Many of the traditional loving-kindness phrases used in meditation (May I be happy, May I be free from suffering…) have been handed down over centuries, so it’s not surprising they can be a bit hard to connect with. For this reason, we believe that it is important to find phrases that resonate. This is especially true when we want to generate feelings of loving-kindness for ourselves: What we say must feel authentic to have impact.
The aim is to find language that evokes the attitude of loving-kindness and compassion. Here are some guidelines:
Phrases should be simple, clear, authentic, and kind. There should be no argument in the mind when we offer ourselves a loving-kindness phrase, only gratitude.
You don’t need to use “may I.” Loving-kindness phrases are wishes. “May I” is simply an invitation to incline the heart in a positive direction, meaning “If all the conditions would allow it to be so, then…”
The phrases are like blessings. They are not positive affirmations (for example: “I’m becoming healthier every day”). We are simply cultivating good intentions, not pretending things are other than they are.
We are simply cultivating good intentions, not pretending things are other than they are.
The phrases are designed to evoke goodwill, not good feelings. A common reason for difficulty with loving-kindness meditation is that we have expectations about how we’re supposed to feel. This practice doesn’t directly change our emotions. However, good feelings are an inevitable byproduct of goodwill.
The phrases should be general. For example, “May I be healthy” rather than “May I be free from diabetes.”
The phrases should be said slowly. There’s no rush—saying the most phrases in the shortest time doesn’t win the race!
The phrases should be said warmly, like whispering them into the ear of someone you truly love.
Finally, you may address yourself as “I” or “you,” or use your proper name (“George”). You may also use a term of endearment, such as “Sweetheart” or “Dear One.” Addressing yourself in this way supports the attitude of kindness and compassion.
Try it out:
- Put a hand over your heart, or elsewhere, and feel your body breathe. Now take a moment and allow your heart to open gently—to become receptive—like a flower opens in the warm sun. Ask yourself this question, allowing the answer to arise naturally within you:What do I need? What do I truly need?Let the answer be a universal human need, such as the need to be connected, loved, peaceful, free. If this need has not been fulfilled in a given day, your day does not feel complete. When you are ready, write down what arose for you.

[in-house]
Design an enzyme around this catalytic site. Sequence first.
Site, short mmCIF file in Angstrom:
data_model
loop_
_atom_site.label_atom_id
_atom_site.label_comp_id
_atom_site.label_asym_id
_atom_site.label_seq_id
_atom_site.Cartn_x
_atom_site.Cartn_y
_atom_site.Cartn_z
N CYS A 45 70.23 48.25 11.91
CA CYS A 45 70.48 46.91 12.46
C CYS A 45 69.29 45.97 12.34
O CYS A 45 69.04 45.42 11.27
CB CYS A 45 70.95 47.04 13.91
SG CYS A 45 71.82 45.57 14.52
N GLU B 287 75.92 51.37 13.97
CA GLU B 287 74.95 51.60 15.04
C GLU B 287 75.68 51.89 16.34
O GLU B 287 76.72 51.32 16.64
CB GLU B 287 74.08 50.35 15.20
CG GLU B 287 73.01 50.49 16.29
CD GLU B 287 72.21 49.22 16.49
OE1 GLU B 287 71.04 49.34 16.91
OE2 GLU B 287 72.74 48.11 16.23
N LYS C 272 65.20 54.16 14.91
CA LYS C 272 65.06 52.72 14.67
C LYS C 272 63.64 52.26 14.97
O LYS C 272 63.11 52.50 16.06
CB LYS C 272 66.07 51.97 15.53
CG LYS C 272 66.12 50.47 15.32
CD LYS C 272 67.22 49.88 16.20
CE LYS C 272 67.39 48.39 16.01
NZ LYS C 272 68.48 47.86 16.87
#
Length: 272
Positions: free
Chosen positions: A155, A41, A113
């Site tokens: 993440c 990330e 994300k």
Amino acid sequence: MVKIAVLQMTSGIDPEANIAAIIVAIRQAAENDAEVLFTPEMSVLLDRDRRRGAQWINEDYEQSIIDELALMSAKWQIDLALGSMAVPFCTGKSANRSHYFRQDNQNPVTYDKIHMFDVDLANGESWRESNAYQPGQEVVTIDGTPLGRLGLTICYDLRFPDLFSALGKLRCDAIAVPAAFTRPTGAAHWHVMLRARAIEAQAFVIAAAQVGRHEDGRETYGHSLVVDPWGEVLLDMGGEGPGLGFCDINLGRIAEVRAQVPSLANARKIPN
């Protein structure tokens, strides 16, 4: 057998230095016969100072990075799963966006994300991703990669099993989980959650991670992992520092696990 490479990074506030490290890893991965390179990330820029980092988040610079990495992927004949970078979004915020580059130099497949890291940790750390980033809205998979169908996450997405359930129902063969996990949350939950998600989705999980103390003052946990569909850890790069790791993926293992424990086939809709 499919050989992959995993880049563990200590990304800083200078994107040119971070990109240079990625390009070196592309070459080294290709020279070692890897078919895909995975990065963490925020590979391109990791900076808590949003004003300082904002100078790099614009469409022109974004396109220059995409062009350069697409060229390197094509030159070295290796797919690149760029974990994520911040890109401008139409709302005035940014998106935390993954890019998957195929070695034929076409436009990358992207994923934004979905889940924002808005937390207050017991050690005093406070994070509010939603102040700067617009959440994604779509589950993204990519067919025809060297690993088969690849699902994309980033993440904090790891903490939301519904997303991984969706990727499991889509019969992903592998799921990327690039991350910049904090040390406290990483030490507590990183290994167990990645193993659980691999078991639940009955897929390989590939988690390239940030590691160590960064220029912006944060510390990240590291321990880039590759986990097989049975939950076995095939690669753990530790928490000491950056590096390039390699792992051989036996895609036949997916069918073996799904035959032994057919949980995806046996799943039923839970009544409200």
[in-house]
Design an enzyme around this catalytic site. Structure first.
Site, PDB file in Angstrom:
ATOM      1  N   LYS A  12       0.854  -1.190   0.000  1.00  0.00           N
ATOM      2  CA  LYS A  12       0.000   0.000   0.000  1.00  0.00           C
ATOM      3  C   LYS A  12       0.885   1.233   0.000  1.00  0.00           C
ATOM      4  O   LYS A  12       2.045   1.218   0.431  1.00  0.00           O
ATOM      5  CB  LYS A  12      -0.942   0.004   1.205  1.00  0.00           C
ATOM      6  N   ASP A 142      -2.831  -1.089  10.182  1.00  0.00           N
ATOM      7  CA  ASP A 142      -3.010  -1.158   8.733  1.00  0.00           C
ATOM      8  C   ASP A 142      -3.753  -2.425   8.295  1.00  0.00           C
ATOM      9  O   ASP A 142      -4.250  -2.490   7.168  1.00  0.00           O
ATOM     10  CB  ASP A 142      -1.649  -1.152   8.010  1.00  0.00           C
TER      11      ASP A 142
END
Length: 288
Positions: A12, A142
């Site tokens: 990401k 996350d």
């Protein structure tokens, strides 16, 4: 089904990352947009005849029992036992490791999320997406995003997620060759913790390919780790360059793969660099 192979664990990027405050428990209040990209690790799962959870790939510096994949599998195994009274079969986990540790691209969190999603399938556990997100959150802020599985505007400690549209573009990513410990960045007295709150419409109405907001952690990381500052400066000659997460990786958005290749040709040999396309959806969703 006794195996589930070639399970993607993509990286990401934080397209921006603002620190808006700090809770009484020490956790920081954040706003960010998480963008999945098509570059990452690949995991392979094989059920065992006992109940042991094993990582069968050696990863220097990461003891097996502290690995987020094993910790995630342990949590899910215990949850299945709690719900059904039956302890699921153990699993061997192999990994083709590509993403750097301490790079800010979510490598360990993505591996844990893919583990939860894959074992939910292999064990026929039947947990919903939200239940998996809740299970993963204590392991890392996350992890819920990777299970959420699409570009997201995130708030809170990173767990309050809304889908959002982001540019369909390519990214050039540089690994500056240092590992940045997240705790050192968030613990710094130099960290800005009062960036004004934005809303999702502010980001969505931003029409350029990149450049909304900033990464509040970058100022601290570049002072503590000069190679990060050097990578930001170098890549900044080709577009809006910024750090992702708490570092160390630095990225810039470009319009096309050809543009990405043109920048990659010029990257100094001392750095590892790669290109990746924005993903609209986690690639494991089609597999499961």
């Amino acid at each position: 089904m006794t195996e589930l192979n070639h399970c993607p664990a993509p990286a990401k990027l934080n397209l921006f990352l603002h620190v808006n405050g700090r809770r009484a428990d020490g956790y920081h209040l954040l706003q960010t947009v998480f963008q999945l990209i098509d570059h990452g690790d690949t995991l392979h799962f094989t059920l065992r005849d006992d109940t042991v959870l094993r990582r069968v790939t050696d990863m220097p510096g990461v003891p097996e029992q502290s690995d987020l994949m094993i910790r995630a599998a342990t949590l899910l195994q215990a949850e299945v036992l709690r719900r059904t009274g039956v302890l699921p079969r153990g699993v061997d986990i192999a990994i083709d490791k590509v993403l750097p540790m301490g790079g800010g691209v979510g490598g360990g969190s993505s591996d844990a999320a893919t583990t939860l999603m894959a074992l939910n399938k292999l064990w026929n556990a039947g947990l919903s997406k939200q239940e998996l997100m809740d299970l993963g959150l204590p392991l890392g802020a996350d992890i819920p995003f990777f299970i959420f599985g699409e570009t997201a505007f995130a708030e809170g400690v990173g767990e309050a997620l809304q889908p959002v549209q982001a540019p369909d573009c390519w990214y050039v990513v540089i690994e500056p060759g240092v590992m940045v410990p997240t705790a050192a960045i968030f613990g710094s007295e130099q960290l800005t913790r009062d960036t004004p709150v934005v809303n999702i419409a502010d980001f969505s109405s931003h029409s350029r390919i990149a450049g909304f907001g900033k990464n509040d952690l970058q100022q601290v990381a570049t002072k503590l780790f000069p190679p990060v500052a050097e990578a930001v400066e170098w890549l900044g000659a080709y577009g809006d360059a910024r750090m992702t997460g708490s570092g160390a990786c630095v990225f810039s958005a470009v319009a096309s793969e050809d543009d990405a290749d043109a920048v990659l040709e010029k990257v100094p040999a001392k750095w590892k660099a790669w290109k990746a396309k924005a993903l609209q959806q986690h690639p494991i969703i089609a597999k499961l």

- Now consider a second question: What do I need to hear from others? What words do I long to hear? If I could, what words would I like to have whispered into my ear every day for the rest of my life—words that might make me say, “Oh, thank you, thank you,” every time I hear them?Words that we would like to hear from others again and again are qualities we would like to actualize in our own lives. For example, longing to hear “I love you” probably means that we wish to know we are truly lovable. Open the door of your heart and wait for words to come. Allow yourself to be vulnerable and open to this possibility, with courage. Listen. When you’re ready, write down what you heard.
- Take a moment to review what you have written and settle on two to four words or phrases you would like to use in meditation. These are gifts you will give yourself over and over again. If you heard that you need “kindness,” “to belong,” or “more peace in my life,” maybe the wishes can become:May I begin to be kind to myself, May I know that I belong, May I live in peace.“I love you” can become the wish May I love myself just as I am.“I’m here for you” can become the wish May I feel safe and secure. “You’re a good person” can become the wish May I know my own goodness.
- Finally, try out your phrases to see how they land. Begin saying them over and over, slowly and gently, allowing them to resonate within you. Let the words take up space, allow them to fill your being, if only for this one moment. Then gently release them and rest in the experience.
Excerpted from The Mindful Self-Compassion Workbook by Kristin Neff, PhD, and Christopher Germer, PhD. © 2018 Kristin Neff and Christopher Germer. Reprinted by permission of Guilford Press.